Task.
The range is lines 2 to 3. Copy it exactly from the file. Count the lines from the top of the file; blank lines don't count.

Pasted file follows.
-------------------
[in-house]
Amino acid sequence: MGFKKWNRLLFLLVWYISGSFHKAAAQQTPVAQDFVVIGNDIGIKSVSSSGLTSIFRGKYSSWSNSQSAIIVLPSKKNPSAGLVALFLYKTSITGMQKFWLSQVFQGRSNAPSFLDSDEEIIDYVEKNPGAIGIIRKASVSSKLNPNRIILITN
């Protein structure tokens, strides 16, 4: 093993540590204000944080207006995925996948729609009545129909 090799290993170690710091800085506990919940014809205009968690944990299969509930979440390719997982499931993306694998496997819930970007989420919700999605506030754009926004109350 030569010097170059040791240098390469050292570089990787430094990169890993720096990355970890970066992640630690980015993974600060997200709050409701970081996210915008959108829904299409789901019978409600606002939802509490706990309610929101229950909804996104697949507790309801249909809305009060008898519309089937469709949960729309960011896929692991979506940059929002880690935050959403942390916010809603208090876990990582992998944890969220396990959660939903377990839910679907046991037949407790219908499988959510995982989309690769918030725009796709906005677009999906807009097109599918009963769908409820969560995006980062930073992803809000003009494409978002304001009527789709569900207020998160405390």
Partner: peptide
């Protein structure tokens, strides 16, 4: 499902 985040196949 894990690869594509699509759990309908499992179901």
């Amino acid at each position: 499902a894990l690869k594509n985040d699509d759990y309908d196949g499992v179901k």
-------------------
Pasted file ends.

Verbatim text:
Amino acid sequence: MGFKKWNRLLFLLVWYISGSFHKAAAQQTPVAQDFVVIGNDIGIKSVSSSGLTSIFRGKYSSWSNSQSAIIVLPSKKNPSAGLVALFLYKTSITGMQKFWLSQVFQGRSNAPSFLDSDEEIIDYVEKNPGAIGIIRKASVSSKLNPNRIILITN
């Protein structure tokens, strides 16, 4: 093993540590204000944080207006995925996948729609009545129909 090799290993170690710091800085506990919940014809205009968690944990299969509930979440390719997982499931993306694998496997819930970007989420919700999605506030754009926004109350 030569010097170059040791240098390469050292570089990787430094990169890993720096990355970890970066992640630690980015993974600060997200709050409701970081996210915008959108829904299409789901019978409600606002939802509490706990309610929101229950909804996104697949507790309801249909809305009060008898519309089937469709949960729309960011896929692991979506940059929002880690935050959403942390916010809603208090876990990582992998944890969220396990959660939903377990839910679907046991037949407790219908499988959510995982989309690769918030725009796709906005677009999906807009097109599918009963769908409820969560995006980062930073992803809000003009494409978002304001009527789709569900207020998160405390």